San Francisco, California
London, United Kingdom
Nuclear power is the only large-scale, reliable, dispatchable source of low-carbon energy. Civil nuclear has powered the UK since 1956 and still provides 20% of the country’s electricity but our existing plant is due to retire in the next decade and urgently needs replacing. A rigid adhesion to ‘economies of scale’ theory has seen nuclear plant globally on a trajectory of ever-increasing size, leading many projects to be massively over-budget and over-schedule. SMRs claim to offer a different model, different technology, and different applications. Their financial viability relies on mass production, in factories and transported to sites, fuelled and ready to plug in.
Could the economies of mass production compete with the economies of scale?
What are the political and social obstacles to mass deployment of SMRs?
This lecture explores the latest developments on SMRs and whether they could live up to their promise for a better nuclear future.
Candida Whitmill is the Managing Director of Penultimate Power UK, a company set up in the North East to overcome the political, technical and financial challenges to bring SMRs, Small Modular Reactors, to commercialisation in the UK. The mission is to develop both a domestic and export market, utilising UK nuclear expertise in research and development and the supply chain. Previously, Candida was Chairman of the UK Tidal Forum and worked closely with Government and stakeholders on the £9m Feasibility Study on the Severn Barrage and alternative tidal options. She was an Energy advisor to the Secretary of State at Department of Trade & Industry for five years. For her MSc, Candida researched the impact of renewable energy on the economy.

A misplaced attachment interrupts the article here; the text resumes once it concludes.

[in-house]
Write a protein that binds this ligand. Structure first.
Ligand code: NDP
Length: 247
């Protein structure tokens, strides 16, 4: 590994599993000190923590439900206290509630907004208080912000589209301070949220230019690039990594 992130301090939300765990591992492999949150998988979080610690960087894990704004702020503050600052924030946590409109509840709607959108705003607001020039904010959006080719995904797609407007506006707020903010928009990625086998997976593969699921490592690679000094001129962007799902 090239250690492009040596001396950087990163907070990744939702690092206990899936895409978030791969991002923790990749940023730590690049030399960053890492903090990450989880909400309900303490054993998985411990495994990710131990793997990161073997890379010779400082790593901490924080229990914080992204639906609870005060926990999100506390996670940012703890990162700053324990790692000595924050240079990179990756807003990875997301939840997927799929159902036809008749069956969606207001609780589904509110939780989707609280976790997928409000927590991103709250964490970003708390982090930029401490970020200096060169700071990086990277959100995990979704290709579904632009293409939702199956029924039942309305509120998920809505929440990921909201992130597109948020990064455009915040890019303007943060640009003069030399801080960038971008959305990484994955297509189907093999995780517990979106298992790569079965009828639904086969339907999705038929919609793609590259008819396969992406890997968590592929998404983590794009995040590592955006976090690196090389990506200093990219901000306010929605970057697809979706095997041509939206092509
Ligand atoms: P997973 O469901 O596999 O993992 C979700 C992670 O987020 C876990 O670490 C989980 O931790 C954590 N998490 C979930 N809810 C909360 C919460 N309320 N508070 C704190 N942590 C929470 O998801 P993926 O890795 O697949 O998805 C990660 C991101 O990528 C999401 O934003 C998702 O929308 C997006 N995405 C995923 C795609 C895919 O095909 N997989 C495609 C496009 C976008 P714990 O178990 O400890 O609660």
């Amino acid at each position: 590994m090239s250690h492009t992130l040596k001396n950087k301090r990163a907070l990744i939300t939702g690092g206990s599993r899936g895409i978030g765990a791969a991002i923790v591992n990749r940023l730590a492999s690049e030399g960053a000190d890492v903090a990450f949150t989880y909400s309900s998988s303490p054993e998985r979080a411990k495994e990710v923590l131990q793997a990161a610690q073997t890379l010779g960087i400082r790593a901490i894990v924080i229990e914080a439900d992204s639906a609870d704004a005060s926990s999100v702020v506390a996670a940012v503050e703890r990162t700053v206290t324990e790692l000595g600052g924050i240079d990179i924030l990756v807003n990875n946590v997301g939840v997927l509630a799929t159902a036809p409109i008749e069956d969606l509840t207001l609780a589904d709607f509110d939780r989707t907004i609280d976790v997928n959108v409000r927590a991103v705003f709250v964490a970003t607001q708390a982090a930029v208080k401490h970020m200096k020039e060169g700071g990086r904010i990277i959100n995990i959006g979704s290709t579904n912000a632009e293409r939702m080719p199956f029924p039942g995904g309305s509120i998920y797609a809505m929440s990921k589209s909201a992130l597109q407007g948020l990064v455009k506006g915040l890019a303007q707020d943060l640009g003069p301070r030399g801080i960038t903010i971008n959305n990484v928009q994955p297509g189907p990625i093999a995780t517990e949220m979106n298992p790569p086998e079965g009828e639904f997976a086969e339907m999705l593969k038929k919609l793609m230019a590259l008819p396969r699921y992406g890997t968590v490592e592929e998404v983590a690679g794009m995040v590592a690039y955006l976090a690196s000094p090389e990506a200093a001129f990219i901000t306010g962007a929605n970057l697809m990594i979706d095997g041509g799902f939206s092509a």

Candida has had papers published on Small Modular Reactors, tidal energy, energy policy, innovation and energy economics. She co-authored “A Pragmatic Energy Policy for the UK.”
The lecture will be followed by a networking drinks reception. Free parking is available on campus after 5pm.
When & Where
Durham Energy Institute
From Anthropology to Physics, Durham Energy Institute covers the spectrum of energy research but the areas in which we excel are those which lie at the boundaries between the traditional technical disciplines and the social sciences and humanities. We encourage such interdisciplinary work as we feel these areas will yield major breakthroughs. The small size and compact nature of the university is to our advantage as it naturally stimulates interactions between departments and disciplines. Thus, we are agile and responsive and we can quickly assemble bespoke-research teams.